Sunday, April 11, 2010
Confessions of a Wilderness Klutz
It’s true. I’ve slapped my face with branches, had to replace a tooth, nearly been swept away by a fast moving stream and now this.
You get to the Wenaha River Trail by driving (quickly) through the ghost town of Flora, with some big creepy abandoned buildings and then spiraling down through many gravelly switchbacks to Troy, a small village nestled in the canyon. This first photo is Troy from above.
The trail happily dips up and down, sometimes kissing the river, other times high above.
I decided to do a shakedown trip of my new backpack (an Osprey) and to get out of town and down a few thousand feet to spring. It was a good choice; the flowers are in full bloom along the trail—arrowleaf balsamroot, pale white lilies, shooting stars and deep purple violets. While it’s obvious this would be a searing hot place in July, in April it was just about perfect.
Some people I knew had been there the week before and had camped at the four mile mark. That wasn’t a very long day so even though their campsite was enticing, located on a point right next to the river, I pushed on to a trail junction, about six miles up. This place had possibilities so I hung out for a little while, gauging the desirability for an evening campsite. Some factors go into this: nice trees? River view? Decomposed elk heads? Bear poop? And the unexplainable: does it feel right?
Then I spotted a small tent set up in the ponderosas. This could go one of many ways. The inhabitant could be weird. Or want privacy. Since I didn’t see anyone and couldn’t decide either way, I elected to head another four miles down the river trail to a place I had read about called Fairview Bar.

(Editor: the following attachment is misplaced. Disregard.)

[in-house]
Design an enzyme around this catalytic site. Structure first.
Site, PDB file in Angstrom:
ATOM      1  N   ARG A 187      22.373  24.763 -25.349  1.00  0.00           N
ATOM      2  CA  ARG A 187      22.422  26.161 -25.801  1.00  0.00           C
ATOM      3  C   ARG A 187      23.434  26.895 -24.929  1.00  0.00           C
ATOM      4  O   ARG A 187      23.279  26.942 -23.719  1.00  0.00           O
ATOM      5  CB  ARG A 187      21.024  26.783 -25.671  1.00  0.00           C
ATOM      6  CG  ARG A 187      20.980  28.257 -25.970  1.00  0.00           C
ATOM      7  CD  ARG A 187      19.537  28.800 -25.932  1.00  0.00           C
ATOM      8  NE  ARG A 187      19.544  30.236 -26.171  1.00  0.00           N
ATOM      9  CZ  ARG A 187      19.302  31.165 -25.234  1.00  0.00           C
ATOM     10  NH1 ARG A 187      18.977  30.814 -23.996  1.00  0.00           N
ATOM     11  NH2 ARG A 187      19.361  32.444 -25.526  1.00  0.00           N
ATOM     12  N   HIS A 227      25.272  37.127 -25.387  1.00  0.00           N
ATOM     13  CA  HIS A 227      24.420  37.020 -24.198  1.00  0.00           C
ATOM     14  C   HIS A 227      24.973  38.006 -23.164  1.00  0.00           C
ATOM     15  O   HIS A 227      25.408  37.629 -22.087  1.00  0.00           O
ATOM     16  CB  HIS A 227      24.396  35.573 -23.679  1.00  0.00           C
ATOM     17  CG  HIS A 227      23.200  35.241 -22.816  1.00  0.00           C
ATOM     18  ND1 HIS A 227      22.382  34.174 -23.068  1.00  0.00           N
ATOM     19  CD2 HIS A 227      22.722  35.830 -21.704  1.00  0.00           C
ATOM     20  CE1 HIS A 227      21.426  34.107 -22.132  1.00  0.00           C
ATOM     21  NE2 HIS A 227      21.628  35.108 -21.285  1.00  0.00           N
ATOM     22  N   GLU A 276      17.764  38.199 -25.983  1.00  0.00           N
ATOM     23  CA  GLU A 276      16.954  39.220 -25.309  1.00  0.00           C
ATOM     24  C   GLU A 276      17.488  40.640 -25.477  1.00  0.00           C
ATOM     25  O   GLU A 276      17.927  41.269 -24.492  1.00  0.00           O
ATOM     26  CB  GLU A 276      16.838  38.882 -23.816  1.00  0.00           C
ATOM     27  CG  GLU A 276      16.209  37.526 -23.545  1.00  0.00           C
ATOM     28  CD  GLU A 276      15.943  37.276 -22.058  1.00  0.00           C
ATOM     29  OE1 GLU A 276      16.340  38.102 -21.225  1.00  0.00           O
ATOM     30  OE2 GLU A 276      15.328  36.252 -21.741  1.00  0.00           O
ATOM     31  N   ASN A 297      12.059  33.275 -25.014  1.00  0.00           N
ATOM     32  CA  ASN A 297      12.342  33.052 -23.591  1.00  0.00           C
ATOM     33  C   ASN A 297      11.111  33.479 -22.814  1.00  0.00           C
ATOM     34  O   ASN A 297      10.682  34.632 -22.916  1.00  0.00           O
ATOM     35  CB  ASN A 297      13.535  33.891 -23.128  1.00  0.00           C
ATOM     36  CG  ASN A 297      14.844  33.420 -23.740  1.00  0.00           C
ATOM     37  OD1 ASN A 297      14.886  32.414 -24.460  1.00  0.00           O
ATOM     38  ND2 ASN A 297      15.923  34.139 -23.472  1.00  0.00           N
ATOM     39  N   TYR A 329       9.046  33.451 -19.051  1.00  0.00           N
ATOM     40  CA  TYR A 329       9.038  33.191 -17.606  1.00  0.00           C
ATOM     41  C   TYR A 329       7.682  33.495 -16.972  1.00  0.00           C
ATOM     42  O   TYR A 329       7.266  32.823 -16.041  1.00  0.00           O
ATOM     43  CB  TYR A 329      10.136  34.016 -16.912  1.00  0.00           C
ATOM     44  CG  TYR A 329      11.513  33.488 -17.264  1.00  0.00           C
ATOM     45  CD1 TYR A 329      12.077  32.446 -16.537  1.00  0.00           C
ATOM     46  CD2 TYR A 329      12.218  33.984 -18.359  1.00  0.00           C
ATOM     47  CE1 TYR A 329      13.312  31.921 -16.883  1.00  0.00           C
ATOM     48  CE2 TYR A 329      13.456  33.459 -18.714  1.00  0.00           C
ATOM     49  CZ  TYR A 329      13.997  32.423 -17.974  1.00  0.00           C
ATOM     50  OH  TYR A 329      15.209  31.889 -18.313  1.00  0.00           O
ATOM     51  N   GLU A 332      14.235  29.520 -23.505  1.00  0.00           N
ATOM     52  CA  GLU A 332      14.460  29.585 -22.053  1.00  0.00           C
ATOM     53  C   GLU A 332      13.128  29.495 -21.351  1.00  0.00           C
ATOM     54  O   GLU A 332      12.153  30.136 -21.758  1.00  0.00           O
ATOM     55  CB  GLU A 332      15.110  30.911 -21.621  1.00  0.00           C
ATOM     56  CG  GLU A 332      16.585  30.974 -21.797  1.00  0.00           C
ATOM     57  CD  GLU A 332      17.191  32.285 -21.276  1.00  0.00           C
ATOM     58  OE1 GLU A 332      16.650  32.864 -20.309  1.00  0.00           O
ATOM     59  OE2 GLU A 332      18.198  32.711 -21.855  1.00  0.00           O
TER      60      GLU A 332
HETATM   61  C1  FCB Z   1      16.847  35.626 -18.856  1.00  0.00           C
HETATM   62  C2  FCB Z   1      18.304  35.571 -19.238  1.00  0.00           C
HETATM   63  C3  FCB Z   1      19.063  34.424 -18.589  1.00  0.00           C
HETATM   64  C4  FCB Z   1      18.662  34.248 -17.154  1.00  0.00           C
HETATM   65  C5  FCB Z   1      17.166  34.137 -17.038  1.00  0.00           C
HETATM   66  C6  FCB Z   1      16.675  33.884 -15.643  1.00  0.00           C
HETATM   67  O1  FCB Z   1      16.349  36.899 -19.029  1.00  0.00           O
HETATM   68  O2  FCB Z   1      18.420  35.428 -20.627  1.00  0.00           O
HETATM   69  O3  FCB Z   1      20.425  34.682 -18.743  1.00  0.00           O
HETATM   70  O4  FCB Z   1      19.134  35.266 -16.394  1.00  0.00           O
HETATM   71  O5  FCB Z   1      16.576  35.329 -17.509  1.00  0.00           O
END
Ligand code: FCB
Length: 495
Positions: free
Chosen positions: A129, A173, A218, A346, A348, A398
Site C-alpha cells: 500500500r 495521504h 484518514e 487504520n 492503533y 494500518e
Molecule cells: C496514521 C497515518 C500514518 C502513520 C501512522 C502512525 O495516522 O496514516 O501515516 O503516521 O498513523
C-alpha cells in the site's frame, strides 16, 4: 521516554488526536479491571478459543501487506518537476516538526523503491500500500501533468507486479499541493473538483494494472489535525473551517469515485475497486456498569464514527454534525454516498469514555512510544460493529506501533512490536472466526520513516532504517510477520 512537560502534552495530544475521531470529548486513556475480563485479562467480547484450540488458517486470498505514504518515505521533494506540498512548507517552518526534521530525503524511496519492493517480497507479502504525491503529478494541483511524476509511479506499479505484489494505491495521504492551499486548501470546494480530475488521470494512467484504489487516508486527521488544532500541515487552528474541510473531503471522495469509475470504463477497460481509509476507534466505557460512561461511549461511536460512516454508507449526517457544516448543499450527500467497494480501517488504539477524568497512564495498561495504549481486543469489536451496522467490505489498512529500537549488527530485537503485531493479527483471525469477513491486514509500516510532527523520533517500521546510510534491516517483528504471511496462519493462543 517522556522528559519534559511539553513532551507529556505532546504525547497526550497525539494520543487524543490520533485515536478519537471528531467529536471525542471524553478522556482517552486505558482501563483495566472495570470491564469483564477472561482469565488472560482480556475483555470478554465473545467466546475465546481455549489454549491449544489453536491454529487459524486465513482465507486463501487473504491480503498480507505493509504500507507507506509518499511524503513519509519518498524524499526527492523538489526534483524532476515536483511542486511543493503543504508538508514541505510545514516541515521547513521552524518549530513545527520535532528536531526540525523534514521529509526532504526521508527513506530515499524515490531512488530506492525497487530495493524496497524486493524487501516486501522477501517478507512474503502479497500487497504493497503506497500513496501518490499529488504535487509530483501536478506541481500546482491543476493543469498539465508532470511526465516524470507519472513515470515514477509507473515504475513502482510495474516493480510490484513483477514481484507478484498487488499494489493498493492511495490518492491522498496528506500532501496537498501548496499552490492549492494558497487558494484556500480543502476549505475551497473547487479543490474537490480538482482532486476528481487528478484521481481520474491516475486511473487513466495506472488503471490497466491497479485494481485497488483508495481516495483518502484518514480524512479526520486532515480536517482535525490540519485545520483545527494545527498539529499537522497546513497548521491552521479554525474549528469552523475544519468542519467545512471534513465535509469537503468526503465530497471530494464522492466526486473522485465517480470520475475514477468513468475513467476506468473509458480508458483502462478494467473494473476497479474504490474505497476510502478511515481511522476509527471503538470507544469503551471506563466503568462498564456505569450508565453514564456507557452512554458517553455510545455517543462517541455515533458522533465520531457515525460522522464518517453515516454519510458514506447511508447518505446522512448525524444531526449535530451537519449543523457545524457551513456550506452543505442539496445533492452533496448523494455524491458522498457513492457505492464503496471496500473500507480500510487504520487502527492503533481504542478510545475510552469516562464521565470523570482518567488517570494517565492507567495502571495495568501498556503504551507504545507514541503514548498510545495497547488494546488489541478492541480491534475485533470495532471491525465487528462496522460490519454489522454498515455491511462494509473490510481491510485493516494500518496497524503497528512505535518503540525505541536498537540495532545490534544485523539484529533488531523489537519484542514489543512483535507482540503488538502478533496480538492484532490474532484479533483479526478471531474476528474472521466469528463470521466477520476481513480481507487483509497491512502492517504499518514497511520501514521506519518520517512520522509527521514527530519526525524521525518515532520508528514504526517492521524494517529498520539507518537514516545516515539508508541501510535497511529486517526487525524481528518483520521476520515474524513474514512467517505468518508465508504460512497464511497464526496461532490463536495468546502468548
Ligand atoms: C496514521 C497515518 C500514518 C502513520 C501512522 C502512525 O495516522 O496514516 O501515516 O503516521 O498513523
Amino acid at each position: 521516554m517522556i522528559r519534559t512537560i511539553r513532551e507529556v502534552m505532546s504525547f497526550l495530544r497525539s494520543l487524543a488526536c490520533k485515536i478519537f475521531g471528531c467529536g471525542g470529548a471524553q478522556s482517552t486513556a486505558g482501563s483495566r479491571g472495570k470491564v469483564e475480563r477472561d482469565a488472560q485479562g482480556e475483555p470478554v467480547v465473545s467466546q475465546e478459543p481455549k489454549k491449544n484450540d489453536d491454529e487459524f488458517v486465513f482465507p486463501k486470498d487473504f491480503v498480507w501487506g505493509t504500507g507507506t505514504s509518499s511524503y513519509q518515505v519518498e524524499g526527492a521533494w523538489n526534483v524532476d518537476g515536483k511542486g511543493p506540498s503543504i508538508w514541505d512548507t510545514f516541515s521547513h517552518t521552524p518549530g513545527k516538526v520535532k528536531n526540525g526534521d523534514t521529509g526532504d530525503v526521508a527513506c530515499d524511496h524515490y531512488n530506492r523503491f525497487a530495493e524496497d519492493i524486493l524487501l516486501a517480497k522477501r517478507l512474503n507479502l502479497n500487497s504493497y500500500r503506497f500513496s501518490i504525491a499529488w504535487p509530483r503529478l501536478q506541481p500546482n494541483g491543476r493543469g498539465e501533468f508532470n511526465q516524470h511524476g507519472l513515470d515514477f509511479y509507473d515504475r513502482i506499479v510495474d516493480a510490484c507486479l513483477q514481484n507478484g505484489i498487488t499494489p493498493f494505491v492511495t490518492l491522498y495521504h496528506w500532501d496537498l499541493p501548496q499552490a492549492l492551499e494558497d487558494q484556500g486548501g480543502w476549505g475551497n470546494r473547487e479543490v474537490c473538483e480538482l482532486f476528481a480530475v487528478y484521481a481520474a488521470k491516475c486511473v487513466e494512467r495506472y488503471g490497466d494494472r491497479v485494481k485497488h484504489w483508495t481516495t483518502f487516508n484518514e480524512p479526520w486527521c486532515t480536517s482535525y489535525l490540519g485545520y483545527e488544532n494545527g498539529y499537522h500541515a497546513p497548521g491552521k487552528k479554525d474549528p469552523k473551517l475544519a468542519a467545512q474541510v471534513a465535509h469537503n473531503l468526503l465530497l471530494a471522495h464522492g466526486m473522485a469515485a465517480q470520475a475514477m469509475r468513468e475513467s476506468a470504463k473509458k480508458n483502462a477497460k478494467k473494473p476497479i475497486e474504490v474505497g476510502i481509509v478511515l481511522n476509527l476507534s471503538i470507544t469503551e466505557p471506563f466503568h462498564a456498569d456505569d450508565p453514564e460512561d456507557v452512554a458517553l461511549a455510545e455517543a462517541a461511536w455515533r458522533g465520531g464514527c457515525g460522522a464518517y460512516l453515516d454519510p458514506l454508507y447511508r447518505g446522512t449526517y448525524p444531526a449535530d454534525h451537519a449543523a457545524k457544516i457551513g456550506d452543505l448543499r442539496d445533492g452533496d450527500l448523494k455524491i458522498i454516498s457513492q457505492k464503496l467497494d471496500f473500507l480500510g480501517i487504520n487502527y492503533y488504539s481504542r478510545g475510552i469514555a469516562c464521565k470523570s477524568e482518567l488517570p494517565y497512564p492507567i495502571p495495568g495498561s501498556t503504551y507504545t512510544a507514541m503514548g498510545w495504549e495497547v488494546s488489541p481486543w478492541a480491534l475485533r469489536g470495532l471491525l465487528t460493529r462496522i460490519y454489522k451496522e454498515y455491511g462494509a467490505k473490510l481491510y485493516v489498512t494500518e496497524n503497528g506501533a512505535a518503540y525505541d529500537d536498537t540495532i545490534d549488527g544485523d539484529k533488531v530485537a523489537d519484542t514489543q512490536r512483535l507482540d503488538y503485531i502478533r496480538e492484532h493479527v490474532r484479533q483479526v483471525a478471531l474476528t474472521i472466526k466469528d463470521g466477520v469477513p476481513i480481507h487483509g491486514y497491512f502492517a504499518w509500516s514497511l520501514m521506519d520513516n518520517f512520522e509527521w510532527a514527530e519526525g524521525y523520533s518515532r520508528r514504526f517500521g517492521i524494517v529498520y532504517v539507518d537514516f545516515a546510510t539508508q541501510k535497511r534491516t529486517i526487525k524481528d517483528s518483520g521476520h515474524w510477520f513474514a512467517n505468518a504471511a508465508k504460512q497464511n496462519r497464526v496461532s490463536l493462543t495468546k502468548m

I must digress here. On a river, I have learned, any flat area of land, whether it be composed of sand, cobbles or forest, is called a bar. On the ocean we called these beaches. Which could also be misleading, as the commercial fishermen would tell us that their wives weren’t along on the boat with them—they were “staying on the beach”, meaning they had stayed home. Confusing!
Onward I trudged, bypassing a marginal campsite near the Hoodoo Trail junction, continuing with PODs—pointless ups and downs—that were beautiful but tiring. Finally I arrived at the bar, to find it to be a nice open scattered ponderosa forest. This would do . (Although I did find a decomposed elk head, and, in the morning, bear poop, old though.)
The next morning I awoke to find heavy frost on my tent. Any move inside made it snow, with icy droplets soaking my clothes and the sleeping bag. As usual, I vowed to myself to stay in the tent until the sun hit it, and as usual I got up before it did.
So here’s the klutzy part. I hiked the four miles back to the junctions (the tent was gone) and attempted to unfreeze my water bladder. In the process of doing so I accidently sprayed myself with pepper spray! The circumstances are too much to go into here, but in case you have ever wondered or been tempted to do this, my advice would be to avoid it. Luckily, I sprayed my leg only. But in case you are still tempted, let me relate what it feels like.
Burning pain! For hours! If you are lucky enough to have a water source, you can dive in and provide temporary relief. But it doesn’t last long. In the meantime you are forced to hike past smiling floppy-hatted birdwatchers who take their sweet time getting out of the trail.
This is perhaps the time when someone would pipe up to say that you should never hike solo. However, I feel fortunate that I didn’t have a hapless companion. Sometimes having someone along is license to flap your hands in the air and whine, expecting them to take control of the situation. I like figuring things out myself, and I knew the pain would go away. It was just pepper spray! But note to self: Never wonder if pepper spray will stop a bear. It will!
At least the pain distracted me from the even more painful realization that my backpack is sadly not all that comfortable. Adjustments are in order.
It was still a good hike, though.